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I am sorry in advance if this question is not "research level".

Let $F$ be a p-adic field.

I saw, in Bumps book, a proof which I liked, showing which principal series representations of $GL(2,F)$ are irreducible. I want to modify it to use for $SL(2,F)$, but run into trouble.

The proof in Bump, shows that the twisted Jacquet ( = Whittaker) functor of our principal series rep. $V$ is at most 1-dimensional. Then assuming that $V$ has some non-trivial sub-object, we get that this sub-object (or the quotient) has trivial twisted Jacquet functor.

Then, we realize that a representation which has trivial twisted Jacquet functor, "coincides" with its Jacquet functor. This is because a representation of $N$ is the same as a sheaf on $N^*$ (the Pontryagin dual of $N$), and the twisted Jacquet functor is the fiber of this sheaf at a non-zero point (all fibers are "the same" since $A$ acts transitively - this is the crucial point).

My question is: If we deal with $SL(2,F)$, then there are "two" twisted Jacquet functors (two orbits of $A$ on $N^* - 0$). So one can not do the proof exactly as above. How does one modify the proof? Is there a reference?

Thank you, Sasha

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I would guess that you see this already at the level of finite fields. I am not so sure if the result will be independent of the residue characteristic as it is for Gl(2). Did you study what happens when restricting from Gl(2). Wheter or not it decomposes can be studied in the unitary cases via Mackey induction restriction formula. –  plusepsilon.de Jul 10 '13 at 19:44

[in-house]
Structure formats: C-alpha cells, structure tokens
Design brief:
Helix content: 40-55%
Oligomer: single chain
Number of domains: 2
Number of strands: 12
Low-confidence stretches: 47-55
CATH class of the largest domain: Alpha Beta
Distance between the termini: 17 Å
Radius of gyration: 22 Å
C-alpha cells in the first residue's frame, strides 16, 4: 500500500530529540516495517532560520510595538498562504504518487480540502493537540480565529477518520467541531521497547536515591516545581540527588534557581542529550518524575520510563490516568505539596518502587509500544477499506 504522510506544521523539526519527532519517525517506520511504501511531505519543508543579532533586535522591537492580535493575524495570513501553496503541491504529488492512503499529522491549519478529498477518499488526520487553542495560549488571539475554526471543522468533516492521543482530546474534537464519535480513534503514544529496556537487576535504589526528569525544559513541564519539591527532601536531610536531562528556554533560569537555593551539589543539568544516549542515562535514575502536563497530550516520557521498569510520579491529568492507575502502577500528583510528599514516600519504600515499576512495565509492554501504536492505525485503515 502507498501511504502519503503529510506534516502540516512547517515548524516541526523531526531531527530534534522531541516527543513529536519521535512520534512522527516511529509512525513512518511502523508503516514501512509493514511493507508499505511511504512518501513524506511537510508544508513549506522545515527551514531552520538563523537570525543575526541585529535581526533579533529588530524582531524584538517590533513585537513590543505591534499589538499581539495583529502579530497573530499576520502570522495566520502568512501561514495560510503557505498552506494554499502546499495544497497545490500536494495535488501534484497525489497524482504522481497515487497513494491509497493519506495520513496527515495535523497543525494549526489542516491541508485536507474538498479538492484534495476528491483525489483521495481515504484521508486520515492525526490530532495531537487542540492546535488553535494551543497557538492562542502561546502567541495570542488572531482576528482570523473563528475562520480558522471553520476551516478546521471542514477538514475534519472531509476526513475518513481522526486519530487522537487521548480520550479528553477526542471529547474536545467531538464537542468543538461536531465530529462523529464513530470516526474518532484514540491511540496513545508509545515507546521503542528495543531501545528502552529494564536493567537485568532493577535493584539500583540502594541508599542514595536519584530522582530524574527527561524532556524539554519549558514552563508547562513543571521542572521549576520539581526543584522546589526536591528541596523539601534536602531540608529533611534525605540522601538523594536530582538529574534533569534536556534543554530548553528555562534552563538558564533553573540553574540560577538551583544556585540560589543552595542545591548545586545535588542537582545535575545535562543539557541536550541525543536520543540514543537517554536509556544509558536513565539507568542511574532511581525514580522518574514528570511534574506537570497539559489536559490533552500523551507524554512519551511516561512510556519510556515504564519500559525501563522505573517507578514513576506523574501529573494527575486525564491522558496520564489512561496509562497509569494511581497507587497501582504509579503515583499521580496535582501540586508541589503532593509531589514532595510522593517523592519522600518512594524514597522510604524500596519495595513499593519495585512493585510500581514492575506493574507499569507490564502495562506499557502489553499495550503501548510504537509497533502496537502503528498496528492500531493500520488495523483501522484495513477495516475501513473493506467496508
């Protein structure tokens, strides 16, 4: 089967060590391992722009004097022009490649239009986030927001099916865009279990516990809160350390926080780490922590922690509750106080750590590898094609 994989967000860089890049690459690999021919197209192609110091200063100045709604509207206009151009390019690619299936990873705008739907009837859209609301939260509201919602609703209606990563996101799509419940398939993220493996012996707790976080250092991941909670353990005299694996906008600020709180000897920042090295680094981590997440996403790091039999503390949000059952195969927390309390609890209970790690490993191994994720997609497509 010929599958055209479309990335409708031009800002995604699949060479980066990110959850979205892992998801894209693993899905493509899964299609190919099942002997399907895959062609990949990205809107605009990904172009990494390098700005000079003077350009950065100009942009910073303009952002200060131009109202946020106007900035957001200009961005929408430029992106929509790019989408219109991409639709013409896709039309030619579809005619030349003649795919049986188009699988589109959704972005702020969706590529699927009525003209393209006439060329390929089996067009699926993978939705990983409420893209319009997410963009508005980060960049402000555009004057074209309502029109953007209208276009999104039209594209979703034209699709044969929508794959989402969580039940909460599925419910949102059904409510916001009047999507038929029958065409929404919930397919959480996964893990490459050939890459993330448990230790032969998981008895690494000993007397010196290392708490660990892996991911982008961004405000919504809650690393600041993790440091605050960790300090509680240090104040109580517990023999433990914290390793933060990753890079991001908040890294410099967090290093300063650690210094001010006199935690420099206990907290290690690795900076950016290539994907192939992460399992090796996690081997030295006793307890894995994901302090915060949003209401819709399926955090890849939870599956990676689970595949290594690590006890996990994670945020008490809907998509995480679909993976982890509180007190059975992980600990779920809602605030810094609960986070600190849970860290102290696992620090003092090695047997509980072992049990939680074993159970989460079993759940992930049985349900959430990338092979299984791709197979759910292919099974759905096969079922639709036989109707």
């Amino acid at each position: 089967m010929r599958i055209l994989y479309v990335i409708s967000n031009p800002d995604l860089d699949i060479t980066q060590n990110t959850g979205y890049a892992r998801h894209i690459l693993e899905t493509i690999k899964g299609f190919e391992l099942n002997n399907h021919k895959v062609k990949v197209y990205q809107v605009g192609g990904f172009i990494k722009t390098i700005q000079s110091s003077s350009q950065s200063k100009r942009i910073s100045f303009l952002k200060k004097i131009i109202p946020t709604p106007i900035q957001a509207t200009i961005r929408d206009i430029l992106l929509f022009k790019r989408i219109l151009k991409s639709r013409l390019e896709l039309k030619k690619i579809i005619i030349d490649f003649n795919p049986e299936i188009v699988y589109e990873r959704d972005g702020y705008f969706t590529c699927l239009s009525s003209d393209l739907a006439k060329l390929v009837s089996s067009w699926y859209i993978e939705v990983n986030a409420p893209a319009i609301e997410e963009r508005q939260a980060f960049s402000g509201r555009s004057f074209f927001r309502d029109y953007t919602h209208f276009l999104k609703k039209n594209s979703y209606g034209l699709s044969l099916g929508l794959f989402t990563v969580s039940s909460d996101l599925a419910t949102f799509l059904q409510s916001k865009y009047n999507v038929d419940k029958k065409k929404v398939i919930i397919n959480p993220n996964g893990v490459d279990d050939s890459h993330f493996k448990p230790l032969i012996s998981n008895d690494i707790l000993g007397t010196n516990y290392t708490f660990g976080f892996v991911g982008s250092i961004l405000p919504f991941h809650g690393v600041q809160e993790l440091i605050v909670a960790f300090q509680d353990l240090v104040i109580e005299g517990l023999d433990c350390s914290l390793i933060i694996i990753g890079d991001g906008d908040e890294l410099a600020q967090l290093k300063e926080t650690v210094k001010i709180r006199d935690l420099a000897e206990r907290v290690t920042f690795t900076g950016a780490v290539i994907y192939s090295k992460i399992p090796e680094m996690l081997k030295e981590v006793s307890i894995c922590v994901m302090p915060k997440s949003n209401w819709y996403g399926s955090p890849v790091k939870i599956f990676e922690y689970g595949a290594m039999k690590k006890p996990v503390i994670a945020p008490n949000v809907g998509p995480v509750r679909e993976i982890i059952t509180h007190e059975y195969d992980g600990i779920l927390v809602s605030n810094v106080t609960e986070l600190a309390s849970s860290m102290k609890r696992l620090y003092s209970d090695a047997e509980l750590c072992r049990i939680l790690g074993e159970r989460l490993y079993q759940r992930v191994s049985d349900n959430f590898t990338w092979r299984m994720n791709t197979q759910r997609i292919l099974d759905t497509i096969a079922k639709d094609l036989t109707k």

Oh sorry... Mackey will not suffice here. –  plusepsilon.de Jul 10 '13 at 19:57

2 Answers 2

I dont think all of them are irreducible: when you restrict from GL(2) to SL(2) a representation can split into two. I think all the necessary information is in the following paper:

M. Tadic, Notes on representations of non-Archimedean SL(n). Pacific J. Math. 152 (1992), no. 2, 375--396.

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Thanks! While this does answer the first question of which principal series are irreducible, I still wonder if there is a method that does not go up to $GL_2$ and then back down. –  Dror Speiser Jul 12 '13 at 14:22

Paul Sally explains this in these notes:

http://link.springer.com/article/10.1023%2FA%3A1007583108067#page-1

I am afraid he excludes residue characteristic two there:(

But this seems to be more general: http://www.jstor.org/stable/2373536?seq=1

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This also adresses Dror Speiser's follow-up question, because it works with SL(2) directly. The approach is via special functions on the $p$-adics, so fairly elementary. –  plusepsilon.de Jul 17 '13 at 11:57
    
Well, it's not really my follow up question... Sasha's final paragraph, beginning with the words "My question is", explicitly asks about the proof using Jacquet functors, which really are what the question is about (I think). Thank you for your answer, it is very helpful in piecing the ideas together. –  Dror Speiser Sep 13 '13 at 15:06

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